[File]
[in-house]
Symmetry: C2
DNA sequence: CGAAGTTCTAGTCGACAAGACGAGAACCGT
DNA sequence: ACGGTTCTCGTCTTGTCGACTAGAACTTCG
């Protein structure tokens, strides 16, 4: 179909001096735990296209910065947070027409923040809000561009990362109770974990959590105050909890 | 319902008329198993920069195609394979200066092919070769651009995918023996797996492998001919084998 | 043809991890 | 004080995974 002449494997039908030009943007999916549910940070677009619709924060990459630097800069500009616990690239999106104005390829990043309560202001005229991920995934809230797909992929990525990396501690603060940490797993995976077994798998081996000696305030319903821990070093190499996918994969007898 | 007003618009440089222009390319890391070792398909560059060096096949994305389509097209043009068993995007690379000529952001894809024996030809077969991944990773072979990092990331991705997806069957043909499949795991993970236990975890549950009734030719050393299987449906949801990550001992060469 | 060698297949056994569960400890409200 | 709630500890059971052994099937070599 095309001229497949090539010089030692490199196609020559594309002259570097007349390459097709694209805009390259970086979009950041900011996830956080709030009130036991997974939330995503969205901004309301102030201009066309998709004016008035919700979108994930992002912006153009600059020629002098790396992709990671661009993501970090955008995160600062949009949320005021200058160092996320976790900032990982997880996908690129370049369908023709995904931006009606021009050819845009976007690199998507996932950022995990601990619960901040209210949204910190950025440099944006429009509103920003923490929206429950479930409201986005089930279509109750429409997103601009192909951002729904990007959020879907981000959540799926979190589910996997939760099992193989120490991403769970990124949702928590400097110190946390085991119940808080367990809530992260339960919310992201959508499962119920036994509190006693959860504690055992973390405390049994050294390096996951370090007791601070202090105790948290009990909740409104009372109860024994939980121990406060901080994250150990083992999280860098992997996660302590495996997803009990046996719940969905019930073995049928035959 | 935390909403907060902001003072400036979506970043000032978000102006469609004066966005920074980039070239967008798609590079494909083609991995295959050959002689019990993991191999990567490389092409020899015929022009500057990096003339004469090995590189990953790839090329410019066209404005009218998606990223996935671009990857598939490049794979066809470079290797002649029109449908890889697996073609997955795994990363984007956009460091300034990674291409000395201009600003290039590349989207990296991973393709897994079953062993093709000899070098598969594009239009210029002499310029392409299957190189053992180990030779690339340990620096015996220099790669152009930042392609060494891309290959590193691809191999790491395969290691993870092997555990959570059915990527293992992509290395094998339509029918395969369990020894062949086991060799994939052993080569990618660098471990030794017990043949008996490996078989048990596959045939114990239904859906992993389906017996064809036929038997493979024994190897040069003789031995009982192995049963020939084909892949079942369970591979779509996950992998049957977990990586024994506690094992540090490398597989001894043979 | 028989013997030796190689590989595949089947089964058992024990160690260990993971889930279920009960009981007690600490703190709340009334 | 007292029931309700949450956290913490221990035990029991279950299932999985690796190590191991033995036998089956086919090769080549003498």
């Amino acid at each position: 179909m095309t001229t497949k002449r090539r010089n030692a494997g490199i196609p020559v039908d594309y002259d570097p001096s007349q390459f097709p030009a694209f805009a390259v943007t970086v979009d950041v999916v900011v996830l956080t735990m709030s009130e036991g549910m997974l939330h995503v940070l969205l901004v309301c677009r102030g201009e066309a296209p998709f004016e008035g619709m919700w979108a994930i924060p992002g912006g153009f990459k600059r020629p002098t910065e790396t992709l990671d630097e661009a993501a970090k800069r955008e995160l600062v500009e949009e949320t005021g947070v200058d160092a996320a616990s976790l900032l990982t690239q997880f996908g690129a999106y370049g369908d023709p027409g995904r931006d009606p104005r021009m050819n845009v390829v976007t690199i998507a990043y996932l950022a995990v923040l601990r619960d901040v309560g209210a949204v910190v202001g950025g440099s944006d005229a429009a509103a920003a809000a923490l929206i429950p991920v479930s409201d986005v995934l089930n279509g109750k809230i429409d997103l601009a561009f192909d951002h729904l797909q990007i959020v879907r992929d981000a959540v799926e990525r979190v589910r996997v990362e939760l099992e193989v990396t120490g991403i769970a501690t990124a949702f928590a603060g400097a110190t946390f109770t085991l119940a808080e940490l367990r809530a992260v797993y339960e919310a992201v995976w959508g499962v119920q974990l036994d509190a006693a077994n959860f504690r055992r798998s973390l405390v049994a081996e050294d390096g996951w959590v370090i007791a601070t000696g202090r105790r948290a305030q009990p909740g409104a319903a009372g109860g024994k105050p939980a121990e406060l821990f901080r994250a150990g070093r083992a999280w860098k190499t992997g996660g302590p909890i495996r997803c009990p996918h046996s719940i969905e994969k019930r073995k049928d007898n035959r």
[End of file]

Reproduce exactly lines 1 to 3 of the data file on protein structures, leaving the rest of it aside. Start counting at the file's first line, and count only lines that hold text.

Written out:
[in-house]
Symmetry: C2
DNA sequence: CGAAGTTCTAGTCGACAAGACGAGAACCGT